The local community have strong connections to the river, as an integral part of life in Kakahi. The community relates the river to health and wellbeing, the upbringing of children, the amenity and beauty of the area, and to tourism. As such, residents of Kakahi feel strong guardianship of the rivers.
“We have the Tongariro Power scheme and they take the water and it used to be heavily monitored by **** who died, and I’ve never seen the river so low. I know we’ve got a drought but they usually put water in it.”
“There is a bylaw now. When they first took our water our rivers went right down and it was going to affect our trout fishing and everything like that. So a few of us took them to the high court. We had to go to Whanganui to the high court, our people. And we beat them. And they had to release a certain amount of water. And not go below that. And since then, once a few years ago, someone told me the water level was low. And I went and had a look and it was low. So I started ringing the different companies and within two hours we had the water back again. I told them they have to release a certain amount of water.”
“…. So they are monitored and our fishing came back to life again.”
The community raised other concerns related to flooding and the management of the river.
“The huge floods that hit, I got in touch with Horizons, and I got my Horizons bill and I thought ‘What the heck are we getting from Horizons in this area?’ So I rung up the head office and they said we’ll send a guy to have a look at it. And he came from Palmerston North and I spent two hours down the river with him and showed him all the land we’ve lost and I asked him, ‘What are you doing for our area? You’re supposed to be managing our river, and the riverbanks, and our domain and hundreds of trees have gone, there’s digging into the banks!’ They should have monitored this. I said, ‘What are you spending your money on?’ And he said, ‘Public transport.’ And I said, ‘Where’s all the buses in Kakahi?’”
“I think Owhango has got one of New Zealand’s best kept secrets. The walkway. It’s beautiful. It’s maintained by the community with trapping and so forth. It’s a really good example of a whole community looking after what they’ve got. But there is a slip on that, and it’s been closed for too long – I think it’s a horizon issue. It should have been fixed. Little things like that are annoying in a small area where you don’t have much.”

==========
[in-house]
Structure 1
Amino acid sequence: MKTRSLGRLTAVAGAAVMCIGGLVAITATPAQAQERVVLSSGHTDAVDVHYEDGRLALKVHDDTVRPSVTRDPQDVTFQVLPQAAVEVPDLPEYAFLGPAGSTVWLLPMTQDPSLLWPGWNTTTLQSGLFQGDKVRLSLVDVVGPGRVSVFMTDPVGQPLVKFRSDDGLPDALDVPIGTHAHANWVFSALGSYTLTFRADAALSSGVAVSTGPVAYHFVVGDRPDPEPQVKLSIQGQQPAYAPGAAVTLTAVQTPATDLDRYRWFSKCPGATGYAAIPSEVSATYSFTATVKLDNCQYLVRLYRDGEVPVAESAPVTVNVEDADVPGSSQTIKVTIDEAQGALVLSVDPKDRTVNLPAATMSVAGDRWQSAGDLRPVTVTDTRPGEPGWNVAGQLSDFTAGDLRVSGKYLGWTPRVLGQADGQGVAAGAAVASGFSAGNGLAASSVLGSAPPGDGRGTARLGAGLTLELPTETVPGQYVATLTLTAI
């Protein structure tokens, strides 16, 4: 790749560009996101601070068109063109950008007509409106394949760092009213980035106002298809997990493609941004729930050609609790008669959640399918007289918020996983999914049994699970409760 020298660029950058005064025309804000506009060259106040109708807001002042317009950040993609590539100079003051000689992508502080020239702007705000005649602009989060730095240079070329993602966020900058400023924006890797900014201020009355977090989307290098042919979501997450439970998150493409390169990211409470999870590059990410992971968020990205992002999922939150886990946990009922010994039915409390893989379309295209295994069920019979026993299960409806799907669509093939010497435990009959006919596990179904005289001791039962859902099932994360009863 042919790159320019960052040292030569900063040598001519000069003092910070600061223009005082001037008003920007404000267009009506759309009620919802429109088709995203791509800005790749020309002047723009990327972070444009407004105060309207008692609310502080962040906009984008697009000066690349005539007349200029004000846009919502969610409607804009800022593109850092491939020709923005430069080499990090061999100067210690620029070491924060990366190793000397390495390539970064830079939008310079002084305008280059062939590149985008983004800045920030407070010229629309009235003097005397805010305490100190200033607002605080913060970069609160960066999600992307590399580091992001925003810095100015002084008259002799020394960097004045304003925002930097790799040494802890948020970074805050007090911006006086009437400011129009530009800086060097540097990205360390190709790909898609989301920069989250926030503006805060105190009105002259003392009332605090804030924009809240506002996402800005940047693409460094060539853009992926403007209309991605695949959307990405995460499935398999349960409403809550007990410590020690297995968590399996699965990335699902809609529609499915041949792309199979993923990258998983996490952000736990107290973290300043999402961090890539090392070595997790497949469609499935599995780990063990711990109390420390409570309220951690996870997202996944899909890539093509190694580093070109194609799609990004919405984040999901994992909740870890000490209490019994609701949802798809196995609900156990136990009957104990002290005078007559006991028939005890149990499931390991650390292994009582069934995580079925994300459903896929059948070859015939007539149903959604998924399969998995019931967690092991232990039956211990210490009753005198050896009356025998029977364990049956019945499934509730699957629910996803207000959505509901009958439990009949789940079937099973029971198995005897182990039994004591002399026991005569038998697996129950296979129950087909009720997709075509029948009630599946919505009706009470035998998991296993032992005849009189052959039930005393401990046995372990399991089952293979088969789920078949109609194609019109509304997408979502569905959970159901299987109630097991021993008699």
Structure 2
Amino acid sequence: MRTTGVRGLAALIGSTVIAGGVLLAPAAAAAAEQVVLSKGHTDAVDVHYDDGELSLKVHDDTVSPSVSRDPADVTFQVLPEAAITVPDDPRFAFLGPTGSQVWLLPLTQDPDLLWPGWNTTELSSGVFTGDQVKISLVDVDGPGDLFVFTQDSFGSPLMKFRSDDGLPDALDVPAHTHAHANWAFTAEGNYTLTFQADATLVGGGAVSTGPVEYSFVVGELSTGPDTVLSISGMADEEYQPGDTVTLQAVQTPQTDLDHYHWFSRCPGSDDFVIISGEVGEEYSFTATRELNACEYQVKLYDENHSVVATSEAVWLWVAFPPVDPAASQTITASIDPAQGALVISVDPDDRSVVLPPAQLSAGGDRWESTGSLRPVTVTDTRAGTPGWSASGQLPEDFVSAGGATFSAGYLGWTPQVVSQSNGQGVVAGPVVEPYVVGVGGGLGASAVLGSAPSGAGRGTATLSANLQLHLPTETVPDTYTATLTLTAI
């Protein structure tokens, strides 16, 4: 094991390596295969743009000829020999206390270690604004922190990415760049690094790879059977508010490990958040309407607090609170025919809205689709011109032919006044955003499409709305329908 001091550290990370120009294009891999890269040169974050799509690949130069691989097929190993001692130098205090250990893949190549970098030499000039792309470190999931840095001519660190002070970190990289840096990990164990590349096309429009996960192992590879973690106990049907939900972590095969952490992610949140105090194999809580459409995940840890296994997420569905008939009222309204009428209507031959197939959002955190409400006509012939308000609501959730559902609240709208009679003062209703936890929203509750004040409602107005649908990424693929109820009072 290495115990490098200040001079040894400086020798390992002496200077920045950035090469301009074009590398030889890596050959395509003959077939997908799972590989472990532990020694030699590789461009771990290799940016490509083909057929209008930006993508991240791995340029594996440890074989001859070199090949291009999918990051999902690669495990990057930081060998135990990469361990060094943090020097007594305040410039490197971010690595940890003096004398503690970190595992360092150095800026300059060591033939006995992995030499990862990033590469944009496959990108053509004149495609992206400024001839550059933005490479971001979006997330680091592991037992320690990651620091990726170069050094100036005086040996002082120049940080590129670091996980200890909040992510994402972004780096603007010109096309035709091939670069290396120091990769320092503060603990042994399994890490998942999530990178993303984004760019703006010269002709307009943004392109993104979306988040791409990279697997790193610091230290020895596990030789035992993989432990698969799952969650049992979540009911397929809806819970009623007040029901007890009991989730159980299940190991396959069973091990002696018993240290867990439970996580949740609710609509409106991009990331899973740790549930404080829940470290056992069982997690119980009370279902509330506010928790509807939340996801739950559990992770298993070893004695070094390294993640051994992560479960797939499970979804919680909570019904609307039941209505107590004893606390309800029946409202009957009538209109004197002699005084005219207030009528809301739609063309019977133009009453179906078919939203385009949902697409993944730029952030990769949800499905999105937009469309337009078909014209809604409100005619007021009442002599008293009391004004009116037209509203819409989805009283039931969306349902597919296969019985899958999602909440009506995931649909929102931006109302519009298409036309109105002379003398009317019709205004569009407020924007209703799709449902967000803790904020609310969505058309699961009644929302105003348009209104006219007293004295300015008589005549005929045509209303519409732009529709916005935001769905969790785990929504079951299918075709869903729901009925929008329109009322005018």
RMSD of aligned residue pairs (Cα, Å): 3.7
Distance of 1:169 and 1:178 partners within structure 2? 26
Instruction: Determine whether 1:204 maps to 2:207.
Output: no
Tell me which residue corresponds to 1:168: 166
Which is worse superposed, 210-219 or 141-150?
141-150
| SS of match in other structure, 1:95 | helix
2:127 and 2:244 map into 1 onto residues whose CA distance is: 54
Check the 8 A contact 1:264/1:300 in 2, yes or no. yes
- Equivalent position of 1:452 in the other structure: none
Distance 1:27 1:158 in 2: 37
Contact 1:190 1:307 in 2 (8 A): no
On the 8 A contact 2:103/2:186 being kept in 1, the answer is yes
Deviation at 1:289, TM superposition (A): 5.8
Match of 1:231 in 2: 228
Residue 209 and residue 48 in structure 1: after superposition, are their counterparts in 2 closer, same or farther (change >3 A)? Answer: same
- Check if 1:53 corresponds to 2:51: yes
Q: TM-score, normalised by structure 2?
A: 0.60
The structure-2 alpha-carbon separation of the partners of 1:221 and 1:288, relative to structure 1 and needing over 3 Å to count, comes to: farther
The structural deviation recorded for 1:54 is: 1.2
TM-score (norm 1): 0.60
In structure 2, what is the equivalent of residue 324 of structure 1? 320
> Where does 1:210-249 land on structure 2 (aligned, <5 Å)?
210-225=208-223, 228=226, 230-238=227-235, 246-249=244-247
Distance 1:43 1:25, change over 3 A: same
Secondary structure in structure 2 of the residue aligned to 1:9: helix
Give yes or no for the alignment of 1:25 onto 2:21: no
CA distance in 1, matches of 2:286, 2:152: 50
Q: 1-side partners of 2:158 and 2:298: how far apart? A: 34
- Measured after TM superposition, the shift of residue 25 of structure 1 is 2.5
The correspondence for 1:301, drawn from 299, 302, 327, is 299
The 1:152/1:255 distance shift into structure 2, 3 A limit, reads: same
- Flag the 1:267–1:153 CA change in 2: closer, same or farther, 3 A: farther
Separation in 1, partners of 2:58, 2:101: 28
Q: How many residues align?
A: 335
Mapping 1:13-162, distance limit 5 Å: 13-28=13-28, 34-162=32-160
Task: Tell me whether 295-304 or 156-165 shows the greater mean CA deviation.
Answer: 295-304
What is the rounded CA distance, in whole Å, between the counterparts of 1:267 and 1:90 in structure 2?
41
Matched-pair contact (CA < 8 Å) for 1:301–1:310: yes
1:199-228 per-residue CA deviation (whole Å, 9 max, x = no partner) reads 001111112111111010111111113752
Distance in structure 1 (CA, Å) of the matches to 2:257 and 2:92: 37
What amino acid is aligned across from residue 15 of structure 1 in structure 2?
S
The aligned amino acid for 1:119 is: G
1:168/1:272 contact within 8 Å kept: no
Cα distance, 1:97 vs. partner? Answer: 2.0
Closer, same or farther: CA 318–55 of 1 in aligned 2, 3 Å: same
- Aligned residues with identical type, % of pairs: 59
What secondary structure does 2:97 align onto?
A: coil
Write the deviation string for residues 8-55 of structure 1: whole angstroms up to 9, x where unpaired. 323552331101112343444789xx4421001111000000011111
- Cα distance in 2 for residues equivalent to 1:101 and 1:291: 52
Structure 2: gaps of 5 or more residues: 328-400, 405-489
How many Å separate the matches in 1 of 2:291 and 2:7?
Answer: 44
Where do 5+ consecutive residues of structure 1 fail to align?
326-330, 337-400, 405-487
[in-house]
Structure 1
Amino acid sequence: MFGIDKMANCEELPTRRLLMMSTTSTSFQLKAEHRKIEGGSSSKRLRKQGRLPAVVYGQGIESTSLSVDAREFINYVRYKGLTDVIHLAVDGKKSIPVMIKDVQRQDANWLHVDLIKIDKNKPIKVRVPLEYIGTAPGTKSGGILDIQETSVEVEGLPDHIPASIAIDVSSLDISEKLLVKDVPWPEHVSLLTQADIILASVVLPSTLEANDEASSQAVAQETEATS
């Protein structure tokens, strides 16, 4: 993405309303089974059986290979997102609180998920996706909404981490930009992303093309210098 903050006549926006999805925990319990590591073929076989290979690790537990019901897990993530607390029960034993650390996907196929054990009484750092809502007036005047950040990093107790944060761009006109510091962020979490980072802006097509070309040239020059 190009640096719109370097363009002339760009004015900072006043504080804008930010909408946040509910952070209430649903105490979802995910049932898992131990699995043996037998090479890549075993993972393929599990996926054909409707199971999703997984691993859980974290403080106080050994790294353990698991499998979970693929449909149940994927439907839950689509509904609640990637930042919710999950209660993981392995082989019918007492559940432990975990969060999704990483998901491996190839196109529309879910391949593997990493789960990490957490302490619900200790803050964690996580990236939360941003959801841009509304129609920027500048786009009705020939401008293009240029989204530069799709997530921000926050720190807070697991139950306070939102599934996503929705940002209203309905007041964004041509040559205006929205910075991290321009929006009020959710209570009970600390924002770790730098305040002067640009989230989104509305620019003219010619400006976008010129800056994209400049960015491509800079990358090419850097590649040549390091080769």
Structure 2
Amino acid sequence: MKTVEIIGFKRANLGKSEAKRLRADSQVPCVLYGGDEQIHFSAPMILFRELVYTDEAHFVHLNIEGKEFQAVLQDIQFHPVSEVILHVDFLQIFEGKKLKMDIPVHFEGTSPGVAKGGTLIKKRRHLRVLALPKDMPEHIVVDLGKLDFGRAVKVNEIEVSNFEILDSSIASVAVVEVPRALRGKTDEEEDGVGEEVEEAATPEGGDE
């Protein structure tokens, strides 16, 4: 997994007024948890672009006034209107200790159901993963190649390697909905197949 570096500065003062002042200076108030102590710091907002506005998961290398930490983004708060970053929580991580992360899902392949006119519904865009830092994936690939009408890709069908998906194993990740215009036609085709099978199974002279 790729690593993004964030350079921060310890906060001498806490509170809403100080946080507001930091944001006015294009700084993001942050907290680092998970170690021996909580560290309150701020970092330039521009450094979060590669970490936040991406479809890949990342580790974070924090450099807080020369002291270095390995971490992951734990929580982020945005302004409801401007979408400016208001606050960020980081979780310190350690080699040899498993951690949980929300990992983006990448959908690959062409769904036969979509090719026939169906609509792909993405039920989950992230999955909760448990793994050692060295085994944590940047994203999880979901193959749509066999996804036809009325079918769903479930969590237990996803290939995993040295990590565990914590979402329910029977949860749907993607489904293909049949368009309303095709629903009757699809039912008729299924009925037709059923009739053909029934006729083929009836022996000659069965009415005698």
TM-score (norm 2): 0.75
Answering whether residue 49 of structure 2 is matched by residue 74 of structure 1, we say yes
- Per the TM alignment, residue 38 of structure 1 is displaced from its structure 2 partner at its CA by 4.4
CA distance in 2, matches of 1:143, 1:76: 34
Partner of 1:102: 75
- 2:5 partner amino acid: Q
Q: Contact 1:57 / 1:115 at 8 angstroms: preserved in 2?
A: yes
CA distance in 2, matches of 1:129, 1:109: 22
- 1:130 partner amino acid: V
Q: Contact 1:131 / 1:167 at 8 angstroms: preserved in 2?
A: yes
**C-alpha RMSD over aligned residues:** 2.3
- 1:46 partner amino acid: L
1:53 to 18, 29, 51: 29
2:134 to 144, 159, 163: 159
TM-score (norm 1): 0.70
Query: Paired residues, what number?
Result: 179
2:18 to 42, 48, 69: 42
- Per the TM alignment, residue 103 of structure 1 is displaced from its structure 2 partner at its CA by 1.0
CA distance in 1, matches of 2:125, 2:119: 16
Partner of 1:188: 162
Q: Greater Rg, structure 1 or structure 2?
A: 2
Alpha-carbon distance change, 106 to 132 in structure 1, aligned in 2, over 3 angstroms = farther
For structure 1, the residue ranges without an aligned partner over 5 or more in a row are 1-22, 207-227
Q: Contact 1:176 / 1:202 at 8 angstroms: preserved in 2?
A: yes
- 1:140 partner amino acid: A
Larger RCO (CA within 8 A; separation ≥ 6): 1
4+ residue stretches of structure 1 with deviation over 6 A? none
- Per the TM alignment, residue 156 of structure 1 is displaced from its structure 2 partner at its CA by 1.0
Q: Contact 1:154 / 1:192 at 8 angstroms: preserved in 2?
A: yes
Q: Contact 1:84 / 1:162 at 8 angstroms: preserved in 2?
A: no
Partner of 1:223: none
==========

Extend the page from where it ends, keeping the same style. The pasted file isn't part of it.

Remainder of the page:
The challenges in working with District Council were expressed by the members of the group with respect to balancing the use of the natural environment by tourists and locals.
“From the community group’s point of view, the frustration is with Council, we write numerous letters and you get replies and it’s frustrating when you just can’t do a damn thing. We want to care for this beautiful environment we have here and a lot of people put in a lot of effort to keep it looking beautiful. And everyone does their bit, quite a few people. And we love it and respect it and want a bit of reciprocation from someone in that organisation, to know they care as well.”
“If they can’t spray the blackberries, just tell us. But we pay rates too. We’ve got this amazing river and beautiful cutting, with Kakahi Glow-worms on the world stage. But do you think we can get a .. toilet there?”
In similar a fashion to other communities, and although it is some distance from Tongariro National Park, residents of Kakahi expressed concern regarding management of tourists in the Park.
“I think the Tongariro Crossing is a major concern for a lot of people in terms of overcrowding but I think they are doing things and opening others walks that spread that load. But I think that’s an issue that is being managed.”
Locals perceived the key environmental risks or civil defence emergencies as being volcanic eruption. Earthquakes were also considered a potential risk. The group thought that people in Kakahi were ‘probably not’ prepared for a civil defence emergency.
“We’d probably be stuck here because the roads into Kakahi would probably slip a bit.”
“We have a regulation that everyone on the water system has to have a tank so they have a supply (of water).